Should we expect a shortage of coal at private depots in Poland? “Definitely yes,” says Łukasz Horbacz, president of the Chamber of Commerce of Polish Coal Sellers, and encourages Poles to try to get coal from national producers and PGE Paliwa i Węglokoks, which will now have to take responsibility for the situation on the market.
BiznesAlert.pl: Why is the PM surprised businesses do not want to cooperate in the context of coal subsidies?
Łukasz Horbacz: I’m surprised the prime minister is surprised the retailers won’t cooperate. We explained this in the media and directly in correspondence with the ministries of Climate and State Assets at various stages of preparation of this bill. We argued that this program would not work and proposed sensible changes. However, none of our demands have been taken into account.
What did you propose?
We said that in the case of imported coal, the surcharge is not enough. Imported coal costs about PLN 3000 in depots. The depot owner will sell coal for PLN 1000, get PLN 1000 from the government and what about the third PLN 1000? In the case of domestic coal, this will not work, because it is to be distributed directly by producers, so it is difficult for a business owner to participate in the program if they cannot buy this coal. It is worth noting that a few weeks ago coal in the ARA ports cost USD 320 and the dollar was at PLN 4.25. Now it is already about USD 400 and the dollar costs almost PLN 5. This coal is a de facto semi-finished product requiring transportation and processing costs. We also had comments on the \ way the subsidies were to be paid out. Initially, it was said that there would be a one-time payment in March, for which an application had to be submitted in January. Then came the idea of payouts in December and March. A depot selling 500 tons a month waiting for a refund would finance the program in to the tune of PLN 1.5 million! Such a depot has an average working capital of PLN 400-500 thousand. We’re also dealing with what I call the casino effect. A subsidy of PLN 1070 with a budget of PLN 1.5 billion would buy 1.4 million tons until the end of the year. On the other hand, if the popularity of the program exceeds its budget, the subsidy would be proportionally reduced. Since people would certainly buy at such a low price to store the coal for the future, it could turn out that the business owner who decided to participate in the program would get half the subsidy. It was impossible for such a proposal to be accepted.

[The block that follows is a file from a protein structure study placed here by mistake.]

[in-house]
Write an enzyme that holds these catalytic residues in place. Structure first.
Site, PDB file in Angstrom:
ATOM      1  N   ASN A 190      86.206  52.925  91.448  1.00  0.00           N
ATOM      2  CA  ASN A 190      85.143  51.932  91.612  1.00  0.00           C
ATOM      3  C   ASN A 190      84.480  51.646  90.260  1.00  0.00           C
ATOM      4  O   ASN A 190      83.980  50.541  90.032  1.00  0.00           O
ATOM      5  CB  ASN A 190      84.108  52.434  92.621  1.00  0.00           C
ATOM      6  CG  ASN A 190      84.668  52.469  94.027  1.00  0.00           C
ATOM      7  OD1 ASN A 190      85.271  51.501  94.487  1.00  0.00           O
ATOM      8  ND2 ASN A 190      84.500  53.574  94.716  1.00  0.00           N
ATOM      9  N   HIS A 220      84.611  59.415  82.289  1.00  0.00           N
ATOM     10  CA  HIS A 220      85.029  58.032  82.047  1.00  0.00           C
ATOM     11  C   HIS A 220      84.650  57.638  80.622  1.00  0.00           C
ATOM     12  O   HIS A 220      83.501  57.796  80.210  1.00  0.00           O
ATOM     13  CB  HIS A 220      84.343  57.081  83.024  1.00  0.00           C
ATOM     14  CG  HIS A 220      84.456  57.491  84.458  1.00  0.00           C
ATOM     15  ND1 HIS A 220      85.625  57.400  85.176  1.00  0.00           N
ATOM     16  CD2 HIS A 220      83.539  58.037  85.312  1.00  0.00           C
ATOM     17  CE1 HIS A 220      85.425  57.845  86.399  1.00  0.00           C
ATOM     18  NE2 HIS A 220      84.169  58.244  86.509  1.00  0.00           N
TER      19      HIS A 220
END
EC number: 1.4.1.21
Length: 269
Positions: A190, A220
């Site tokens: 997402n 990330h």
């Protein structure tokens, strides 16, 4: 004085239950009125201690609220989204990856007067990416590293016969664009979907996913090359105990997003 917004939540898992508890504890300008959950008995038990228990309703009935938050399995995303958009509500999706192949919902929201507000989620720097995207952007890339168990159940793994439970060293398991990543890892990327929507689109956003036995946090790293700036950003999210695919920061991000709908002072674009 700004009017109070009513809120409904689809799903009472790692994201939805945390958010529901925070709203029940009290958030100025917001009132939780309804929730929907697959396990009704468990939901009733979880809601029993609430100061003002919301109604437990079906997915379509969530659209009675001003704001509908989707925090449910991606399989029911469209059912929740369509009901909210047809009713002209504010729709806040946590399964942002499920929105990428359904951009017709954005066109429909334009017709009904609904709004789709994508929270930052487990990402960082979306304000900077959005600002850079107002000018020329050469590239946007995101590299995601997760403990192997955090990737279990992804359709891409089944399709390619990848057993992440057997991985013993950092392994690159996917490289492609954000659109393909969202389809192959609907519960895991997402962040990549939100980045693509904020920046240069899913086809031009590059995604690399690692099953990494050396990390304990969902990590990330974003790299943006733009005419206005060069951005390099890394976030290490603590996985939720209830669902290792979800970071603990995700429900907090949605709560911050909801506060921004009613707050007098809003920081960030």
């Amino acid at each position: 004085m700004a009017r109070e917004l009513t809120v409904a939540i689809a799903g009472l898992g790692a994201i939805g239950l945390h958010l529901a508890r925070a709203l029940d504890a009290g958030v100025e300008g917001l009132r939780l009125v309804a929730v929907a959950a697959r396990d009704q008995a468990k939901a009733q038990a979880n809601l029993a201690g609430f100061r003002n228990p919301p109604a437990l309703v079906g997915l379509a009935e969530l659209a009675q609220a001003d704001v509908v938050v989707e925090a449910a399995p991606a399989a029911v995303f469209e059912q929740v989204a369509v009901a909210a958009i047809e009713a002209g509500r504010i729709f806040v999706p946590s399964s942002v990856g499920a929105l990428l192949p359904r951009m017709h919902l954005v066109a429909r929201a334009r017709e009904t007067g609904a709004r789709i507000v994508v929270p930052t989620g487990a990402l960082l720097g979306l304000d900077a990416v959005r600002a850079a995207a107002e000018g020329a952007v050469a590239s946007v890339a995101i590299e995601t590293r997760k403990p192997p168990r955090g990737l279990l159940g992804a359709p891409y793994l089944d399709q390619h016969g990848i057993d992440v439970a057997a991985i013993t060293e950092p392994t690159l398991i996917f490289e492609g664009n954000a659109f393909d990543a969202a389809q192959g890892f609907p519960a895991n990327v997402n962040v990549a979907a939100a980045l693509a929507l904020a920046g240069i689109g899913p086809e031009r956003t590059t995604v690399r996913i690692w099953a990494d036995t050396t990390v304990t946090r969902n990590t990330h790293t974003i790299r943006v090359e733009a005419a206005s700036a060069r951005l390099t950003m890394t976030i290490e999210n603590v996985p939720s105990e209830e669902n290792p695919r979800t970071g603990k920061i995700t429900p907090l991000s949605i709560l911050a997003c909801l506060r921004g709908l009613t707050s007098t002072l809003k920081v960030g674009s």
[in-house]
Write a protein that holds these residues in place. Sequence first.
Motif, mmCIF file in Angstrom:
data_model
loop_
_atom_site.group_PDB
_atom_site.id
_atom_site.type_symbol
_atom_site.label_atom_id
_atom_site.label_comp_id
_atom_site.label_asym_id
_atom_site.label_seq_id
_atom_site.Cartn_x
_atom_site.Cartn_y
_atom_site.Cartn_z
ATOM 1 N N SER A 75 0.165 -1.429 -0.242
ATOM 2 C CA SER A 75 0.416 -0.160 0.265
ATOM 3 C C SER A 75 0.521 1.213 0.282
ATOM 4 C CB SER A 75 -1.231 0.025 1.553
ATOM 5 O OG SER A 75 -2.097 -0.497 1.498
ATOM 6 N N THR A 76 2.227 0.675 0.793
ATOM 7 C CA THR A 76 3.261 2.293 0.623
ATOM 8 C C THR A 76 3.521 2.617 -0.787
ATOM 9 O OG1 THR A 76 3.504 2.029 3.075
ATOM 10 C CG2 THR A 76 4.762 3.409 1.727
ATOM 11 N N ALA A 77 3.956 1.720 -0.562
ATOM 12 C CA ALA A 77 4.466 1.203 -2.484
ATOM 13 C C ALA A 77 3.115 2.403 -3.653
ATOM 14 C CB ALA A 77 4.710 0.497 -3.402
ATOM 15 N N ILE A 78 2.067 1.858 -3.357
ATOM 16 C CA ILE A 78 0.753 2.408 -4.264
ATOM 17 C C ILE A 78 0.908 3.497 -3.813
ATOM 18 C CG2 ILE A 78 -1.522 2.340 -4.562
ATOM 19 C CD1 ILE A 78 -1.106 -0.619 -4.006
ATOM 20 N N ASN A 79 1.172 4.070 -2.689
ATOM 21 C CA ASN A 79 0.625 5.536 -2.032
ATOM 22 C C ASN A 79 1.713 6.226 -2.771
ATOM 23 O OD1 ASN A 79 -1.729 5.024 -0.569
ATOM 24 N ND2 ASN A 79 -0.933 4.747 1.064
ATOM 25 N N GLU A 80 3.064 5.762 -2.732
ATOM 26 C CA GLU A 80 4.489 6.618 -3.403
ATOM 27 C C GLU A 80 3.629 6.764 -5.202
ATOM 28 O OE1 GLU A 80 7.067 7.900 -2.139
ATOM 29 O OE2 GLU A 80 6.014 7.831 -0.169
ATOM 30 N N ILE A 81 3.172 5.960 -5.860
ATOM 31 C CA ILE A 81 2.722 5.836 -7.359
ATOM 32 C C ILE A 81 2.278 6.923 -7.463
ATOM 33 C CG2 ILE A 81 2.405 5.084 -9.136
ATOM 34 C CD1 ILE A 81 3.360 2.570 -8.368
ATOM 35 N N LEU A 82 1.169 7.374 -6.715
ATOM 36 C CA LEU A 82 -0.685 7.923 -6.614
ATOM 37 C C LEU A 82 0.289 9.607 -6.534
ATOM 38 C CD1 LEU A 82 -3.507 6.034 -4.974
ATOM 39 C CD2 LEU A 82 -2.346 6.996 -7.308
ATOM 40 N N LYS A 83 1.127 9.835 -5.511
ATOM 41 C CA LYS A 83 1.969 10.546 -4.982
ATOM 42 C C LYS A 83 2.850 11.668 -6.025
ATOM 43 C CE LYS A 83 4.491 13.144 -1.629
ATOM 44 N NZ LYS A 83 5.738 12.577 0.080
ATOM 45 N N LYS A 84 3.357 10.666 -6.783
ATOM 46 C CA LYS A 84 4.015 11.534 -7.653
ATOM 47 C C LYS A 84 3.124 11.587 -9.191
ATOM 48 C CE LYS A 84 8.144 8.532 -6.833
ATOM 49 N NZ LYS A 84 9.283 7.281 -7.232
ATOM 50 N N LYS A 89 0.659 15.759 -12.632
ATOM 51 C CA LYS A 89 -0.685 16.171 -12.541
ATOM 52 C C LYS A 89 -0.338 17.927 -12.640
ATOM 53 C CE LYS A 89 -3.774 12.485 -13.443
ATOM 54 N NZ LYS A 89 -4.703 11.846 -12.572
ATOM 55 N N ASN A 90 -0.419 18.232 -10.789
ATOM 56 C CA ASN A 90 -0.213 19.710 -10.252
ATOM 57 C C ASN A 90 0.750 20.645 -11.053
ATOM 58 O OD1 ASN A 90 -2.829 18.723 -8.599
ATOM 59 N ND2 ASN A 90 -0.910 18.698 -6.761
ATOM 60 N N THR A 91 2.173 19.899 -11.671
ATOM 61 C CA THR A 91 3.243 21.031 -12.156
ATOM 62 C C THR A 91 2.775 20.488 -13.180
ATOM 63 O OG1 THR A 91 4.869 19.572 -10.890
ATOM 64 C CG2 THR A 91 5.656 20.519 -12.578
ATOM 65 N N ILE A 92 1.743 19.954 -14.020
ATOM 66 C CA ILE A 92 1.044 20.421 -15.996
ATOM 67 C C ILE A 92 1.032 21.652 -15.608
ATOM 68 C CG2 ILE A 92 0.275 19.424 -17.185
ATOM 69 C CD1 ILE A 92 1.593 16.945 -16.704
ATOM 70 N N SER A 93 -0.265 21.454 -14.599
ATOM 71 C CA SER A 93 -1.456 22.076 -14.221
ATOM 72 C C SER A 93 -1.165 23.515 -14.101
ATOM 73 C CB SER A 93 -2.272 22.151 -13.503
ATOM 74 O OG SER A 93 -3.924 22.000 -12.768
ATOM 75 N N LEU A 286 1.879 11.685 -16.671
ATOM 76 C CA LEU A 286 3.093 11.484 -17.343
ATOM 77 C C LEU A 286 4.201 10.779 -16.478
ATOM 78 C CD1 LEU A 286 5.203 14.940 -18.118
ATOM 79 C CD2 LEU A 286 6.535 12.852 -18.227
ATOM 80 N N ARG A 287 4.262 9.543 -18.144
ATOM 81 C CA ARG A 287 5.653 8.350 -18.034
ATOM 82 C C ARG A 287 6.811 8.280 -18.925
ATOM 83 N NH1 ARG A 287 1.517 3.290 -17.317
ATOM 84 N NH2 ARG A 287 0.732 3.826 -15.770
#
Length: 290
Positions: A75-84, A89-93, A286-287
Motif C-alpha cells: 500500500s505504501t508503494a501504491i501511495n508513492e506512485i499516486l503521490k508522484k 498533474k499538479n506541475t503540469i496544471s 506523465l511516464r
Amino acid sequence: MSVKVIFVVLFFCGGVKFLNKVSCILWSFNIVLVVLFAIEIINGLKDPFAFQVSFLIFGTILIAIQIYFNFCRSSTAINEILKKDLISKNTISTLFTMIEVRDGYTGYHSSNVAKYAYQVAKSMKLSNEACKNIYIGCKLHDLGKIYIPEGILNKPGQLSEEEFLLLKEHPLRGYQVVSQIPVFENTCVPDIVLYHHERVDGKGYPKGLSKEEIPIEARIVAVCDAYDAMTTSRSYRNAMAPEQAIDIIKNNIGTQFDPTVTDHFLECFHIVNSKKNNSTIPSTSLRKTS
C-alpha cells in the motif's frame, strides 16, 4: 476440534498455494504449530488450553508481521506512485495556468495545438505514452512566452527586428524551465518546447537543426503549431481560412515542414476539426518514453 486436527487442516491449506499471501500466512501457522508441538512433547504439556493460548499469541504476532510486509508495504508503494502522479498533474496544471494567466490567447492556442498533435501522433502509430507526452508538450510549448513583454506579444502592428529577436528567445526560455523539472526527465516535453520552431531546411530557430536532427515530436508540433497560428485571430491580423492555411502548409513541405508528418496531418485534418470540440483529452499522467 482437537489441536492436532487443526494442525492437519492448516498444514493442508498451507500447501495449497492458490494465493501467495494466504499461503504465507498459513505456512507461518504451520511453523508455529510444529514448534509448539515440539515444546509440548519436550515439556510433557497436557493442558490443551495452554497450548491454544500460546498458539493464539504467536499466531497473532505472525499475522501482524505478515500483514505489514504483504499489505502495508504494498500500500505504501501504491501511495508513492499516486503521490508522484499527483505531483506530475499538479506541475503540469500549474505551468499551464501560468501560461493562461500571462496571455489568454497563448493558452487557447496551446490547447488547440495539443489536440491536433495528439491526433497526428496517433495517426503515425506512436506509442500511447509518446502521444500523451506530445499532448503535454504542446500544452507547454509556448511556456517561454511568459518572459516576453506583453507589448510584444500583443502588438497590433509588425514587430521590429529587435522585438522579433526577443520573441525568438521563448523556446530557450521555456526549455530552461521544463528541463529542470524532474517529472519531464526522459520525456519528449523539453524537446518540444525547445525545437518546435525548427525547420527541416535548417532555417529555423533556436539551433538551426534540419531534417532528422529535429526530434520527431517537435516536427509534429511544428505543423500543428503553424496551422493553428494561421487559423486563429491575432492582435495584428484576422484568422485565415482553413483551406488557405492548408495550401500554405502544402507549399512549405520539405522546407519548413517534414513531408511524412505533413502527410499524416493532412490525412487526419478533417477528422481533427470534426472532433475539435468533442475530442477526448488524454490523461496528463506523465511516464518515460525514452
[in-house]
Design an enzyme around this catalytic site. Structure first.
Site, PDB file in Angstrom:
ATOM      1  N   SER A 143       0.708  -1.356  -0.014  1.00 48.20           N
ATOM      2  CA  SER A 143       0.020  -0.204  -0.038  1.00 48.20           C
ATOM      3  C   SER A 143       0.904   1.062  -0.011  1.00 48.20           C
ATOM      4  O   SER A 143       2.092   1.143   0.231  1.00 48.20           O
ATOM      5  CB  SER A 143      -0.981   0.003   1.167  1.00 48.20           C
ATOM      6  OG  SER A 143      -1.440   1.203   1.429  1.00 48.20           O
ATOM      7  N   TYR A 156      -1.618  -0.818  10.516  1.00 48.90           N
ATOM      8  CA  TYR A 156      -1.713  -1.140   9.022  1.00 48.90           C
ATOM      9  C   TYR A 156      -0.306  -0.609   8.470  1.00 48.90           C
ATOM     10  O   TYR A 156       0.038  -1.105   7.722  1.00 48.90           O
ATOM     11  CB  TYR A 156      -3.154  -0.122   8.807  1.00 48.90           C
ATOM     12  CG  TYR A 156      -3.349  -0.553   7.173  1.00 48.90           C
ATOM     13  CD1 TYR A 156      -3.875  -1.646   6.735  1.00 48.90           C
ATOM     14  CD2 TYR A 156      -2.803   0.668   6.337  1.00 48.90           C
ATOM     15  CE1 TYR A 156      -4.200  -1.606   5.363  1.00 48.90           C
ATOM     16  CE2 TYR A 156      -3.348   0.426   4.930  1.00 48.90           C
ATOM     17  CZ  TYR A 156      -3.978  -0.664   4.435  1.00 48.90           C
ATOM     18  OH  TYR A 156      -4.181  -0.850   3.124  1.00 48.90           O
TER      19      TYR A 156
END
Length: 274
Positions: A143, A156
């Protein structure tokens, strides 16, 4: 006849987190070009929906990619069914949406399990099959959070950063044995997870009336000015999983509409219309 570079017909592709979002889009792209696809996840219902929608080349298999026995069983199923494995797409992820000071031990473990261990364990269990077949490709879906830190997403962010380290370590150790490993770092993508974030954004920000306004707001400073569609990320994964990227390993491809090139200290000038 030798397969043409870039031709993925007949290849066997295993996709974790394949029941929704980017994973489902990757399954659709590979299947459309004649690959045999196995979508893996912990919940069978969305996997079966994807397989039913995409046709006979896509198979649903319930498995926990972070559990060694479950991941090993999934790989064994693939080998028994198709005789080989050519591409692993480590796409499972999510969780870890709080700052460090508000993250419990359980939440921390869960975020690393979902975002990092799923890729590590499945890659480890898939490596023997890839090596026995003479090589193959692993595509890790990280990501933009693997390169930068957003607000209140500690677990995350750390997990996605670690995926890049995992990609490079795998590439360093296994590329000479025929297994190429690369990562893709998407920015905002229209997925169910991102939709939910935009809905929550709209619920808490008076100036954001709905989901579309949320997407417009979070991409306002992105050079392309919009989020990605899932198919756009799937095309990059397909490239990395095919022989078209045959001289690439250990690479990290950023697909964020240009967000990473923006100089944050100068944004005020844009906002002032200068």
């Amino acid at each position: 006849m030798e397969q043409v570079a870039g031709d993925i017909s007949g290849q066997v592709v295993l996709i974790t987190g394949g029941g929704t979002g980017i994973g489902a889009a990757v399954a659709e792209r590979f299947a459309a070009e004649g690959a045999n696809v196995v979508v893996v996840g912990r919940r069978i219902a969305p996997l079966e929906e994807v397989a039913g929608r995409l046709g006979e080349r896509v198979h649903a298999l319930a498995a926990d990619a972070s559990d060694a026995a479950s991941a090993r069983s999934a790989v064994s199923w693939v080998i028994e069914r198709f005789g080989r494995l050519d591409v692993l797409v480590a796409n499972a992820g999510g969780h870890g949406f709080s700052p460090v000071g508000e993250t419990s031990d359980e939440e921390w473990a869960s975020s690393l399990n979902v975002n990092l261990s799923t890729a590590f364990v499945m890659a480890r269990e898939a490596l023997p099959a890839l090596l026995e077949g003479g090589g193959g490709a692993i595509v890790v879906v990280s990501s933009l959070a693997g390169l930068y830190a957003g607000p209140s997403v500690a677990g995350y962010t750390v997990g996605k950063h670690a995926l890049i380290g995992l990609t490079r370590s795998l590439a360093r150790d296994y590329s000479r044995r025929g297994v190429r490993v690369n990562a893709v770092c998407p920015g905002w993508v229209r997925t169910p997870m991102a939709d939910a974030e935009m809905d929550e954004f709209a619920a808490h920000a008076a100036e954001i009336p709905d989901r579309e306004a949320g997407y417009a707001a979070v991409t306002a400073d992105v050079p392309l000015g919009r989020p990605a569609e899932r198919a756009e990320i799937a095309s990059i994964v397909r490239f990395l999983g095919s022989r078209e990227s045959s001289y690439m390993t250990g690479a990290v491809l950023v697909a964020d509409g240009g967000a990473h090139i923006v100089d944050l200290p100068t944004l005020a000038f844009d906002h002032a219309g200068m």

So is the PLN 3000 subsidy for coal purchases a good idea?
We don’t know the details of this bill. We suggested a solution modeled on the system of subsidies or compensation for the hotel industry during the pandemic. These are customizable solutions, it’s just a matter of the amount. The burden of administration would be lifted from entrepreneurs. At the moment, any solution that will eventually sustain the market will be good. After the government told clients not to buy coal, as in a moment they will be able to purchase it for PLN 1000 per ton, the trade at the depots dropped to almost zero. A reasonable customer listened in the hope of a sales. Companies that, normally at this time of year, just before the peak of sales in August and September would have the largest possible reserves of coal, now cannot buy it from Poland. Moreover, nobody wanted to buy imported coal for almost PLN 3000 for later, as they were afraid it would compete against the cheaper coal promised by the government. Smaller private importers initially started to import coal from new directions, but then withdrew from purchases, seeing that they would not be able to sell it, and keeping the coal at the port was too expensive. As a result, in addition to the deficit, which everyone already knew about earlier, we have an additional cumulated demand from two months and an even smaller supply of coal.
Should we expect a shortage of coal at private depots in Poland?
What should a Pole looking for coal do in the winter?
First of all, I’d suggest calling the nearest depot. If there is no coal there, you need to go to national producers or state importers, e.g. PGE Paliwa i Węglokoks, which will certainly organize coal, because they have received such an order. This would mean that the problem has already been largely solved. Why shouldn’t we trust these claims? From the press I learned that these companies will not sell anything to private intermediaries. Distribution, probably also retail will now be managed by giants. Even before the war there was a hunt for private depot owners who were unjustly being accused of corruption. However, is what is happening now with Poland’s energy security not a speculation? Who’s the real speculator here?
Interview by Wojciech Jakóbik